Just outside the studio where they rehearsed in the early days, back when the band still called itself Earth, Ozzy noticed that the line to the cinema grew especially long whenever there was a scary movie playing. Iommi said, “Isn’t it strange how people will pay money to frighten themselves? Maybe we should stop doing blues and write scary music instead.” “Me and Bill [Ward] thought it was a great idea,” Ozzy writes, “so off we went and wrote some lyrics that ended up becoming the song ‘Black Sabbath.’ It’s basically about a bloke who sees a figure in black coming to take him off to the lake of fire.”
“[T]he first time I heard the words ‘heavy’ and ‘metal’ used together,” Ozzy writes (presumably meaning outside of heavy-metalwork class), “was in the lyrics of ‘Born to be Wild.’” Shortly after that, Ozzy heard Led Zeppelin for the first time, and suddenly knew what it was to put the words into practice. He said to Iommi, “Did you hear how heavy that Led Zeppelin album sounded?,” and Iommi instantly replied, “We’ll be heavier.” That’s when they really got down to work.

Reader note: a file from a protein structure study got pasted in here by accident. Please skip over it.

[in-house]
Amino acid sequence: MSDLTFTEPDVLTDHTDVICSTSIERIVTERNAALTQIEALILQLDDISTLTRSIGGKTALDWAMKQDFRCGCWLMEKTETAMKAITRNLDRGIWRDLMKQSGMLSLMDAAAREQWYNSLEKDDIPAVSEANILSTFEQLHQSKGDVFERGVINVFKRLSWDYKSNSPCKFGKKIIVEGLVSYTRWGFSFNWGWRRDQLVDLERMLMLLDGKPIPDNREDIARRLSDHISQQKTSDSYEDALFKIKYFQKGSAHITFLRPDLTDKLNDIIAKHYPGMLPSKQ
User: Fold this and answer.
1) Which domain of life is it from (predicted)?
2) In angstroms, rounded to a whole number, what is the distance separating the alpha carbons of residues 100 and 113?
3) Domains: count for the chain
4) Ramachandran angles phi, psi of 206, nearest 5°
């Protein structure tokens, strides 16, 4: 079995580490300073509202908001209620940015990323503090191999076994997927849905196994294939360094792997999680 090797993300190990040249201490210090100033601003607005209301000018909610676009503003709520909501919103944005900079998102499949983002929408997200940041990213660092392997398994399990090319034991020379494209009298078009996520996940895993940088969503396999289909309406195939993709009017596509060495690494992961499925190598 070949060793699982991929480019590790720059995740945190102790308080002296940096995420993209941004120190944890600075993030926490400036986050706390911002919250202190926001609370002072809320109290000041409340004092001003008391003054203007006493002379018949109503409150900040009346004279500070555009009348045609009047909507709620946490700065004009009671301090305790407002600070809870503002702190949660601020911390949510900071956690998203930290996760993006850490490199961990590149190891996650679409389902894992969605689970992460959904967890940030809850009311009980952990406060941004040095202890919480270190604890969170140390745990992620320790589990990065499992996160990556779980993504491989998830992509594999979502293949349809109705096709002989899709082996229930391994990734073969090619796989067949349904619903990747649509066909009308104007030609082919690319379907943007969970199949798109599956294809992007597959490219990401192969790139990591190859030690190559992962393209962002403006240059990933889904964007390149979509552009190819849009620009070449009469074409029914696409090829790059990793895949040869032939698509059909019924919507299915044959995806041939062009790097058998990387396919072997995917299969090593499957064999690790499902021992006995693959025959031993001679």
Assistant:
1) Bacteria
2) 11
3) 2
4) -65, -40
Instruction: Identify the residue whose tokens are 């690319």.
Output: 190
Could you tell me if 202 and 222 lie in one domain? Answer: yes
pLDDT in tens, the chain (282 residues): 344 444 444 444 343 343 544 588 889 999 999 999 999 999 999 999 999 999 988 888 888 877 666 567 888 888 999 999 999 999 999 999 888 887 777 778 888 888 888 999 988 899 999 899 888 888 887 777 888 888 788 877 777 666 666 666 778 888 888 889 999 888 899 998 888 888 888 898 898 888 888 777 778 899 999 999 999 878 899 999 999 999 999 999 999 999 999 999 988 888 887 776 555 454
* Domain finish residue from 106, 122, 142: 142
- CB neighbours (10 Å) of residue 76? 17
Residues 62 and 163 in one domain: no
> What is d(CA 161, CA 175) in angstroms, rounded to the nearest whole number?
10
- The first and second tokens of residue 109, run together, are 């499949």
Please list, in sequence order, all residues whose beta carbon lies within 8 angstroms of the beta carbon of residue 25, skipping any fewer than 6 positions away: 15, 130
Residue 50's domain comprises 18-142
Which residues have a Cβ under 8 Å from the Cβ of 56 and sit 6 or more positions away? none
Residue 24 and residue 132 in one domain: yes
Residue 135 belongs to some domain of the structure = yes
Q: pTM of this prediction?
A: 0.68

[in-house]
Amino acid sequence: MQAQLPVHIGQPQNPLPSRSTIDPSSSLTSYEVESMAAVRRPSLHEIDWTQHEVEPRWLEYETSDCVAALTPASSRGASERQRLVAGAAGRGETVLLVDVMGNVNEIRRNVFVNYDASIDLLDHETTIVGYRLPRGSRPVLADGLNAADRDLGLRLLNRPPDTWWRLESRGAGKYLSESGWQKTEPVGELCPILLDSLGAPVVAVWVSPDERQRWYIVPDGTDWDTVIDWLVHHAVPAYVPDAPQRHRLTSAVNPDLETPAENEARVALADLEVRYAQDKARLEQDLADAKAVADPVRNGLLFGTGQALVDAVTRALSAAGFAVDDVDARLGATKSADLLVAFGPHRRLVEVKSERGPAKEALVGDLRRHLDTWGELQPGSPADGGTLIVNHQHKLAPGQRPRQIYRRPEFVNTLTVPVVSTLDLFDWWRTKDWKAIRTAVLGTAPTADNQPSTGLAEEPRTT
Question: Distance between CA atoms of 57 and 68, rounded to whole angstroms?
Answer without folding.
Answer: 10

The division of labor in early Black Sabbath was about as clean as such things get, especially in rock bands. With few exceptions or variations, Ozzy did the singing, Iommi played the lead guitar and came up with the music, Bill Ward played the drums, and Geezer Butler wrote lyrics and played electric bass. Ozzy tells of how he called Butler up one day when he’d been trying to relax in his country home, telling him he needed some lyrics for “Spiral Architect”:
[Butler] grumbled a bit, told me to call him back in an hour, and put the phone down. When I spoke to him again, he said, “Have you got a pen? Good. Write this down: “Sorcerers of madness/ Selling me their time/ Child of God sitting in the sun…”
I said, “Geezer, are you reading this out of a book or something?”
When Ozzy was kicked out of Sabbath, for irresponsible behavior beyond the pale, and then moved on to making music under his own name, the sound of his music maintained its core properties, even though it had never really been his to begin with. If it was anybody’s music now, it was Randy Rhodes’, the virtuoso guitarist who died in a strange bus-on-plane accident during the Diary of a Madman tour. After Rhodes’ death, the music that Osbourne had been making all along was still too stubborn to die, remained suspended in flight somehow in spite of all that had conspired to send it crashing. Ozzy confesses to his own circumscribed involvement with the making of actual music when he writes, of Blizzard of Ozz, that first album he made with Rhodes, after leaving Black Sabbath: “You see, I have this problem where I just tend to roll over and go along with things. Sometimes I think it’s because I don’t play an instrument, which makes me feel like I don’t deserve to be in the room, you know?”